Saturday, 28 July 2007

The Traveler's PoV

Much of my life has been spent in traveling, whether it be the daily routines of going to school/work or the once in a while journey to other places for vacation, conferences, functions or other matters. Whatever the purpose, the voyage will always be made of at least three parts: departure, journey, and then arrival.

The actual travel begins after departure and ends with an imminent arrival. For a constant traveler such as me, the fun begins after leaving the starting point; of course, the destination, for which the travel serves a purpose, will only come after the journey.

One of my idiosyncracies include reveling on the adventure that accompanies each voyage. I always try to find some fun while in transit even if actual physical movement is limited within the moving vehicle. Generally, I'd take the chance to reflect whenever I'm traveling alone; after all, there is no better way to while the time away than to let your thoughts soar. Many times I've gotten some inspiration for my short stories while I'm pondering on some mundane thoughts during my travels.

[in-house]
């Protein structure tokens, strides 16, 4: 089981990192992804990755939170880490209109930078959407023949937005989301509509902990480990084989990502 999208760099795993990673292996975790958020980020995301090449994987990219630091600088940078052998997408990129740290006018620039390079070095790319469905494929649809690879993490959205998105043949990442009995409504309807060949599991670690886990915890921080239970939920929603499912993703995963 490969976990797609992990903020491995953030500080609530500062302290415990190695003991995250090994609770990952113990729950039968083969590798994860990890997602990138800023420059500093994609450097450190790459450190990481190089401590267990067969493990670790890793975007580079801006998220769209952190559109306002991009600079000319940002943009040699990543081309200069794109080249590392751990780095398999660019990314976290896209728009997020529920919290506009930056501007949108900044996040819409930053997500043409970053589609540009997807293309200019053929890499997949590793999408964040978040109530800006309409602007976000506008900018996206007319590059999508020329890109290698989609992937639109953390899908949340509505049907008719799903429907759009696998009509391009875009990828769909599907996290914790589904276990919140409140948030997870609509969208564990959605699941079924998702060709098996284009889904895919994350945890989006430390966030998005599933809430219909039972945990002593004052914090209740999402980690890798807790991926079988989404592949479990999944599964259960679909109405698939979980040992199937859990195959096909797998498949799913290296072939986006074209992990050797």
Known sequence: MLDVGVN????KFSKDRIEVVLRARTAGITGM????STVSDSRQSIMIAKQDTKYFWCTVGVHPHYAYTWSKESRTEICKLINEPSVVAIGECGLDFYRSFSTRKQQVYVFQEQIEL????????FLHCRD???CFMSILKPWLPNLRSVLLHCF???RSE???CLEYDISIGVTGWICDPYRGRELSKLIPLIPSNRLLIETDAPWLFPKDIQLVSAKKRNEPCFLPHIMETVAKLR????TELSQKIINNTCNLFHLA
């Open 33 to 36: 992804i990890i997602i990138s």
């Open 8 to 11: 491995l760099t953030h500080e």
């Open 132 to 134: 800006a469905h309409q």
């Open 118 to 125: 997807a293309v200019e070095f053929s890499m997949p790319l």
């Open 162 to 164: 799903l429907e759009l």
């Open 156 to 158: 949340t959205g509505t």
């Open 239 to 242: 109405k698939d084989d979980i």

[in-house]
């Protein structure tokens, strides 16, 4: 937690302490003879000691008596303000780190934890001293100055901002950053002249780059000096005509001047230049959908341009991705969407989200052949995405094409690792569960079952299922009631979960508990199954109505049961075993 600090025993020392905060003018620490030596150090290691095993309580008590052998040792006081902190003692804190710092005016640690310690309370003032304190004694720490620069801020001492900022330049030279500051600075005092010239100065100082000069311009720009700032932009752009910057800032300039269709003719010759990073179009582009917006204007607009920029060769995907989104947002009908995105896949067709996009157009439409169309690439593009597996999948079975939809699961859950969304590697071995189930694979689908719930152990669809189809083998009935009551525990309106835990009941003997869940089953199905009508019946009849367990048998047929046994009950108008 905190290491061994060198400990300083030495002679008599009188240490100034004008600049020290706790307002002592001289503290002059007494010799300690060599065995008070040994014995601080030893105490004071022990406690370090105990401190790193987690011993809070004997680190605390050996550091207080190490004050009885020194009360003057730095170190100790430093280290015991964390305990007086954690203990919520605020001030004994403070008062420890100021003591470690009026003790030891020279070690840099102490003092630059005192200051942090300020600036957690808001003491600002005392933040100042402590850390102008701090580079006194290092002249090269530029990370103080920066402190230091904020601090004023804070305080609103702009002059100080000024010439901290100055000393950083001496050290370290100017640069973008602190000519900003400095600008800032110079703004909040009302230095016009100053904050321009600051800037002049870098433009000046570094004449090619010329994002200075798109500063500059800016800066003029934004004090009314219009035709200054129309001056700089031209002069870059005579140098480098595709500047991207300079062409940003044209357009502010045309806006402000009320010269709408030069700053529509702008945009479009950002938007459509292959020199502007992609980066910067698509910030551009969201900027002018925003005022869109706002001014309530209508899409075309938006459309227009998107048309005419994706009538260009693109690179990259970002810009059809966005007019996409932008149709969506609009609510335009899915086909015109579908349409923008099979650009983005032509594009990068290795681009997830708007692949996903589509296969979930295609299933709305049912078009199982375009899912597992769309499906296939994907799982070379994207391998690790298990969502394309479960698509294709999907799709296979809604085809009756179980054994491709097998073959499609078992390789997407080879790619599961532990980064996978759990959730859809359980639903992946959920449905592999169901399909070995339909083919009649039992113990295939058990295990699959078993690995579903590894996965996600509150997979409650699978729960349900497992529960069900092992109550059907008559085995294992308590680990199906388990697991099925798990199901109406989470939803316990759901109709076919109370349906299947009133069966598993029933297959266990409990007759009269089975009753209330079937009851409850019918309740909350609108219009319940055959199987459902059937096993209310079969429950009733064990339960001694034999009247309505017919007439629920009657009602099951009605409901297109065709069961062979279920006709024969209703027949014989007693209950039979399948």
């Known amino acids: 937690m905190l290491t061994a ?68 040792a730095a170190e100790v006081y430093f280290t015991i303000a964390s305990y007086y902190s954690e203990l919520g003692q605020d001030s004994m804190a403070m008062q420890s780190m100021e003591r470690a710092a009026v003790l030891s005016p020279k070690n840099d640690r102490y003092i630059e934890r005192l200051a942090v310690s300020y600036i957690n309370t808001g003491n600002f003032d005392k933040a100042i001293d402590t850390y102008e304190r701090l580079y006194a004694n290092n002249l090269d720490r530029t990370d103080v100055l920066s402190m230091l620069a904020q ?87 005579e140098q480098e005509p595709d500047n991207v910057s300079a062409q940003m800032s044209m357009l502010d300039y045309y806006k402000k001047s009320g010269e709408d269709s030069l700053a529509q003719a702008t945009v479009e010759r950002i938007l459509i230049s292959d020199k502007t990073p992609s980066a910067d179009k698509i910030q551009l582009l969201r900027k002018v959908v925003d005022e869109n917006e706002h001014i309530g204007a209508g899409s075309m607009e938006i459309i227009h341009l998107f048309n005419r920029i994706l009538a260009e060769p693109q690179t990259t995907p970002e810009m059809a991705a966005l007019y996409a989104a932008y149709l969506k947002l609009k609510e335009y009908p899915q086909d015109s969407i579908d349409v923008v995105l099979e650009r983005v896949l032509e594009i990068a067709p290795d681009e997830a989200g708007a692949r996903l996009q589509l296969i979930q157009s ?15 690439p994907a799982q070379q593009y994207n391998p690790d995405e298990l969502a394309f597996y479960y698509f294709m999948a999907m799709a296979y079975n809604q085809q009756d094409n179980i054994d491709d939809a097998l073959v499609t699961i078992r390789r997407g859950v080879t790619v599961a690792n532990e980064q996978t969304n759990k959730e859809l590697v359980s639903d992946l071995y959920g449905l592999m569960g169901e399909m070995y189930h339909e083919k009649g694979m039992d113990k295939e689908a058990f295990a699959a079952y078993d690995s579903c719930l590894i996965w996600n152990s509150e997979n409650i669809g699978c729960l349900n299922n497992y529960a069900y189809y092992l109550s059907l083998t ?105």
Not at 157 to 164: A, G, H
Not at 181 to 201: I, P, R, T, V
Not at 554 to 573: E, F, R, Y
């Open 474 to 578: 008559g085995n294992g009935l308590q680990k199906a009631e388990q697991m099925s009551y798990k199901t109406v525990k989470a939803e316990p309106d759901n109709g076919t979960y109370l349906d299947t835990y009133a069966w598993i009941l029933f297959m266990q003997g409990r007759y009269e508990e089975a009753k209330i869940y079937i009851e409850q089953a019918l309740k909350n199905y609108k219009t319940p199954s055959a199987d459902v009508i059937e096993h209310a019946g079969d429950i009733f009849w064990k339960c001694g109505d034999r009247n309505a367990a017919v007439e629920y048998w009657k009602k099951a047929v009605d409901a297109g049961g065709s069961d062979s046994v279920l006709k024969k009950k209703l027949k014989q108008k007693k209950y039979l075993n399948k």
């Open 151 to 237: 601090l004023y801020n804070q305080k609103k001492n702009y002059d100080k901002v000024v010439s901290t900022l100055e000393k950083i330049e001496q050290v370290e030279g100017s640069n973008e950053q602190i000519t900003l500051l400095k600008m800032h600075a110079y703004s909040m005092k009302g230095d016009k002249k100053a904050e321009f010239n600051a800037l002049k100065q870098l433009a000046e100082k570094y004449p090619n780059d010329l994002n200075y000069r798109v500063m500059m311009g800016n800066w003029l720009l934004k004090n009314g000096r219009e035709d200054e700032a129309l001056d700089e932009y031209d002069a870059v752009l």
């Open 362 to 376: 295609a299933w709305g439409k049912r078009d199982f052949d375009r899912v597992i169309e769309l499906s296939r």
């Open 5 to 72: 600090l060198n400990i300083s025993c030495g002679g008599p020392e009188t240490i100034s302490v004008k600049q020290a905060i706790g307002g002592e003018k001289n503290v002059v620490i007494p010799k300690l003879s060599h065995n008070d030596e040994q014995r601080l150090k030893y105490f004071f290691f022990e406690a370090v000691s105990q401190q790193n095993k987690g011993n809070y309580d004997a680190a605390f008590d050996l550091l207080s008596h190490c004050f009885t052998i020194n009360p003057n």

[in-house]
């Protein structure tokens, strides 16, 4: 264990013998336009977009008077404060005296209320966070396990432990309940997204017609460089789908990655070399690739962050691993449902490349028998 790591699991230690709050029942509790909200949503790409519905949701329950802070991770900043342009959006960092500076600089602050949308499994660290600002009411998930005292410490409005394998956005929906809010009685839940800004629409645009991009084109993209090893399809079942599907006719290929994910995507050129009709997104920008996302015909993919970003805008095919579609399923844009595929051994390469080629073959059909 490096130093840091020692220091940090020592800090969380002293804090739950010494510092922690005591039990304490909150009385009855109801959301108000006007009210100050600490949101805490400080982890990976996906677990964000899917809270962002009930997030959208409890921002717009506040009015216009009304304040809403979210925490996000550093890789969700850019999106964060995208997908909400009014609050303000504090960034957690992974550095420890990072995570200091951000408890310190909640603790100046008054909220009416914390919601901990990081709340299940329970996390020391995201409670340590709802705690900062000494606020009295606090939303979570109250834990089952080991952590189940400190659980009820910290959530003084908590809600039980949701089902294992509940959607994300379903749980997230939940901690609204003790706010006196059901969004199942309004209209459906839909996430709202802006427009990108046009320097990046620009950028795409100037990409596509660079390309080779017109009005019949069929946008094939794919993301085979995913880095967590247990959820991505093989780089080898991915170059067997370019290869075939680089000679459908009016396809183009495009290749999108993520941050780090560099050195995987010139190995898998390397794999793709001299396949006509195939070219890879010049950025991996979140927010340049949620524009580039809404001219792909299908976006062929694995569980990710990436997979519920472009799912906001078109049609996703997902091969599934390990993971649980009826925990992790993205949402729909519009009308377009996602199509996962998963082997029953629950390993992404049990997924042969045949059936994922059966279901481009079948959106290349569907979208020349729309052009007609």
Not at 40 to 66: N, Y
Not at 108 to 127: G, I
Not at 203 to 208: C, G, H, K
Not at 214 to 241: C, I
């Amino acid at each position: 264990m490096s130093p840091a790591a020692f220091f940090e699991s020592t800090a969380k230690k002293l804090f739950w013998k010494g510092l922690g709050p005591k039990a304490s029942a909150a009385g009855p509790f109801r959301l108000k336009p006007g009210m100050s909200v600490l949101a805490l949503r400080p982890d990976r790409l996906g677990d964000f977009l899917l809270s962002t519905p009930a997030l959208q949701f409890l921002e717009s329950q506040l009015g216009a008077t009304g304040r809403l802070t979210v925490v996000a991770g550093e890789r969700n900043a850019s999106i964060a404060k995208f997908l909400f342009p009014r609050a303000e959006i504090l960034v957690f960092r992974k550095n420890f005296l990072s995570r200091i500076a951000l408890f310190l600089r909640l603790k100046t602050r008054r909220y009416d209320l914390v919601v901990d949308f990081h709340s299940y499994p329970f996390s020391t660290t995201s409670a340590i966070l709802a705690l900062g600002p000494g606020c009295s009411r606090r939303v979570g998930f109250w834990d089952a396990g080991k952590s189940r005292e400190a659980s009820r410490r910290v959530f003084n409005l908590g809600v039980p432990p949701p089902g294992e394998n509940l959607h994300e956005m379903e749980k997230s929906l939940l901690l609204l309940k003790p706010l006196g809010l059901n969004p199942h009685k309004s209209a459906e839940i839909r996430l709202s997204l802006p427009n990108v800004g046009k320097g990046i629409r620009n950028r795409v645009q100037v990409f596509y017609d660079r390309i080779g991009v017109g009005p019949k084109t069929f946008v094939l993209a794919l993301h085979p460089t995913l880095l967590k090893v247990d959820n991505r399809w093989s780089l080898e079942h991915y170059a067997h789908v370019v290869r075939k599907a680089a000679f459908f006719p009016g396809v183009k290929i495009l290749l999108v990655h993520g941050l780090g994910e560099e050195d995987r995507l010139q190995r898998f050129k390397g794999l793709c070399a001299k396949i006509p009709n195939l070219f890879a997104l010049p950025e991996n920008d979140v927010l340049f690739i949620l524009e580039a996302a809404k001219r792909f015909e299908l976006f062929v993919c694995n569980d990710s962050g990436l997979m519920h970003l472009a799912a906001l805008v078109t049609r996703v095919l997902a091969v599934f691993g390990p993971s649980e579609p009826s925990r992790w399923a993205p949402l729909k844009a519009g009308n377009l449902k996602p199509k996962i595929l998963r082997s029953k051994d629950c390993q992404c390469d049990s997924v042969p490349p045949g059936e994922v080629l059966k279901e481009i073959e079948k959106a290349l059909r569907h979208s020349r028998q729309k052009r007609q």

Because of this, I always regard the journey as important as the destination. For me, there is but a golden rule to traveling: "At least either the journey or the destination is worth the trip."

For several times, I'd find that the destination doesn't live up to its promise of fun. Nonetheless, I find contentment during transit especially if I'd have the chance to collect my thoughts and savor the moments while I was journeying.

It is with this point of view that held in my hands my copy of "Harry Potter and the Deathly Hallows." After all, I've read the epilogue a few days before I bought the book (I'm a spoiler-addict :P) so I know where the story will lead to, unlike during the time when I first read Order of the Phoenix and Half Blood Prince. So for one, the magic with which JK Rowling wraps her books' endings is broken; there wasn't much thrill about how the story will end.

So I pored through the pages of Deathly Hallows knowing that all I was reading will lead to the expected ending. But as I've said, "the journey must be worth the trip." I just couldn't help but be moved by the words of the book and the plot with which the story unfolded. All I could say, the book is worth the read even if you know how it will end.

Sure, there's no more thrill. But the thrill aspect is easily overcome with the savory plot that left me wanting to read through and through. I finished the book in about 12hours; I stopped and rested for two hours after 6hours of reading, and then I went on again for another 6hours until I finished it. Unlike the former books, I just couldn't stop until I finished it.

Even now, a week after I've read it, I'm still going back to the chapters I love. Such is the passion ignited by a good read that can only be the Deathly Hallows.

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